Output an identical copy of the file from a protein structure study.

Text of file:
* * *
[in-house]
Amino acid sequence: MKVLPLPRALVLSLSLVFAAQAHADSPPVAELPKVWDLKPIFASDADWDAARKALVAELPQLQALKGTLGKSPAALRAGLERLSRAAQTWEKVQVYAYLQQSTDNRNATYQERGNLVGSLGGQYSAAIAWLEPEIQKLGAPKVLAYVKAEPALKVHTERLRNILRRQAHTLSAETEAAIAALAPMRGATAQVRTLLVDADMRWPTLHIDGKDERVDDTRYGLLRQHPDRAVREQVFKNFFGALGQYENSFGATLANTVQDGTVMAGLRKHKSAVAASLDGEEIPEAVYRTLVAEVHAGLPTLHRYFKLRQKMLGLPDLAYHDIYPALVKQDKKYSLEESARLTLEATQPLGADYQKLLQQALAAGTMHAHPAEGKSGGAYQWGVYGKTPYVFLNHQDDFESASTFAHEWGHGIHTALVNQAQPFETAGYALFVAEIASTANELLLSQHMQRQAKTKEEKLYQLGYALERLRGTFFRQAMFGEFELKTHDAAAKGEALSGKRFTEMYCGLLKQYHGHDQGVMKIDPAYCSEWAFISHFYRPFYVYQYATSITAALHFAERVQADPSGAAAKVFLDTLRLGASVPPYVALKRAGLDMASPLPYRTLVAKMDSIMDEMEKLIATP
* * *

[in-house]
Amino acid sequence: MKVLPLPRALVLSLSLVFAAQAHADSPPVAELPKVWDLKPIFASDADWDAARKALVAELPQLQALKGTLGKSPAALRAGLERLSRAAQTWEKVQVYAYLQQSTDNRNATYQERGNLVGSLGGQYSAAIAWLEPEIQKLGAPKVLAYVKAEPALKVHTERLRNILRRQAHTLSAETEAAIAALAPMRGATAQVRTLLVDADMRWPTLHIDGKDERVDDTRYGLLRQHPDRAVREQVFKNFFGALGQYENSFGATLANTVQDGTVMAGLRKHKSAVAASLDGEEIPEAVYRTLVAEVHAGLPTLHRYFKLRQKMLGLPDLAYHDIYPALVKQDKKYSLEESARLTLEATQPLGADYQKLLQQALAAGTMHAHPAEGKSGGAYQWGVYGKTPYVFLNHQDDFESASTFAHEWGHGIHTALVNQAQPFETAGYALFVAEIASTANELLLSQHMQRQAKTKEEKLYQLGYALERLRGTFFRQAMFGEFELKTHDAAAKGEALSGKRFTEMYCGLLKQYHGHDQGVMKIDPAYCSEWAFISHFYRPFYVYQYATSITAALHFAERVQADPSGAAAKVFLDTLRLGASVPPYVALKRAGLDMASPLPYRTLVAKMDSIMDEMEKLIATP